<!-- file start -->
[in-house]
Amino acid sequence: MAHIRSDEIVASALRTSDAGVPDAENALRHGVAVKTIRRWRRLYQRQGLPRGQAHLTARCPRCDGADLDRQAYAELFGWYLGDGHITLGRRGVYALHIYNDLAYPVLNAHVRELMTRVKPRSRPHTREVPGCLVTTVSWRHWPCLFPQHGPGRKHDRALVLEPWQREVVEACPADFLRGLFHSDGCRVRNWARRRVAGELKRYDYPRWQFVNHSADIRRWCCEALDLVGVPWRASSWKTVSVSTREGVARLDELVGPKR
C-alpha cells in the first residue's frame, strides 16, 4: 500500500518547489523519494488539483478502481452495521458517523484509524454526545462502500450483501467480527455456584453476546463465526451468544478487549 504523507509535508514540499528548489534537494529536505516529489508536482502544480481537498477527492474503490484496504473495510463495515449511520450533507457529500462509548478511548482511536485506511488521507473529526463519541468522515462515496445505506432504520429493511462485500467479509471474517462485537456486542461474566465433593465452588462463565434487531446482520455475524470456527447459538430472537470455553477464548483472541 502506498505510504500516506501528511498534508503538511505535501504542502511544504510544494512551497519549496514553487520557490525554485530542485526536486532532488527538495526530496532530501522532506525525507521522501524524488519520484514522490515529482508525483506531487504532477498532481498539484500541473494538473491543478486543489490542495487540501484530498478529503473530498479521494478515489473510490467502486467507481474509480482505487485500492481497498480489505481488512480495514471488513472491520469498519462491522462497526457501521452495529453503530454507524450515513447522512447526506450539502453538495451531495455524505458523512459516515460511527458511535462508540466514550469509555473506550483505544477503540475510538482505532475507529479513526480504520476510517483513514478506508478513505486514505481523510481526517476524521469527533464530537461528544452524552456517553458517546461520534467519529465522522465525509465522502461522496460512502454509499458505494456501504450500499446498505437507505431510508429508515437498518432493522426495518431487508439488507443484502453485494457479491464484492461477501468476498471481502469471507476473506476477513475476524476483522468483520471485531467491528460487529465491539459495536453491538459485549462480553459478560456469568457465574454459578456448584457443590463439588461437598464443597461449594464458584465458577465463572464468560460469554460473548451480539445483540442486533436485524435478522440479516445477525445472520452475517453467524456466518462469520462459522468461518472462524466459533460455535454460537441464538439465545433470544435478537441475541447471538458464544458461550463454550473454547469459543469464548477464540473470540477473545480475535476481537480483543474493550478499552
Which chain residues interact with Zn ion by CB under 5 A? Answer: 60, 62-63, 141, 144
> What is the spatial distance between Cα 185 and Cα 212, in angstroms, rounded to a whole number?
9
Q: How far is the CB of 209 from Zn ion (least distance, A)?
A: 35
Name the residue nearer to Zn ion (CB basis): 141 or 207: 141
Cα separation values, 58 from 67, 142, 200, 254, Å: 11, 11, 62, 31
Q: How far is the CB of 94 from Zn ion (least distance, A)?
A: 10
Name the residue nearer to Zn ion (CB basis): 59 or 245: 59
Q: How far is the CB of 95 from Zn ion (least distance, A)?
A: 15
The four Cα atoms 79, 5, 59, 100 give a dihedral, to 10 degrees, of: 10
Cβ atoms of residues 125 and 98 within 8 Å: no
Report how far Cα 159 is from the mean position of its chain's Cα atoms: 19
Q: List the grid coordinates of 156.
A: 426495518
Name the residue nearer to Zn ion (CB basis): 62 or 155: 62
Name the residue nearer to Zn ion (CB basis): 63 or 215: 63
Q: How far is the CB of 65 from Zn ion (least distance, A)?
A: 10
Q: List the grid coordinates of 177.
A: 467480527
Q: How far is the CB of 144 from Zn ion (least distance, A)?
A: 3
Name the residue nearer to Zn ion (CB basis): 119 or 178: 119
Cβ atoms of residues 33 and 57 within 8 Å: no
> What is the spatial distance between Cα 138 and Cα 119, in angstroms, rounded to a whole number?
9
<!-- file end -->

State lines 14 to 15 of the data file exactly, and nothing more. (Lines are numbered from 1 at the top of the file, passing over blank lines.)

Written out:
Q: How far is the CB of 95 from Zn ion (least distance, A)?
A: 15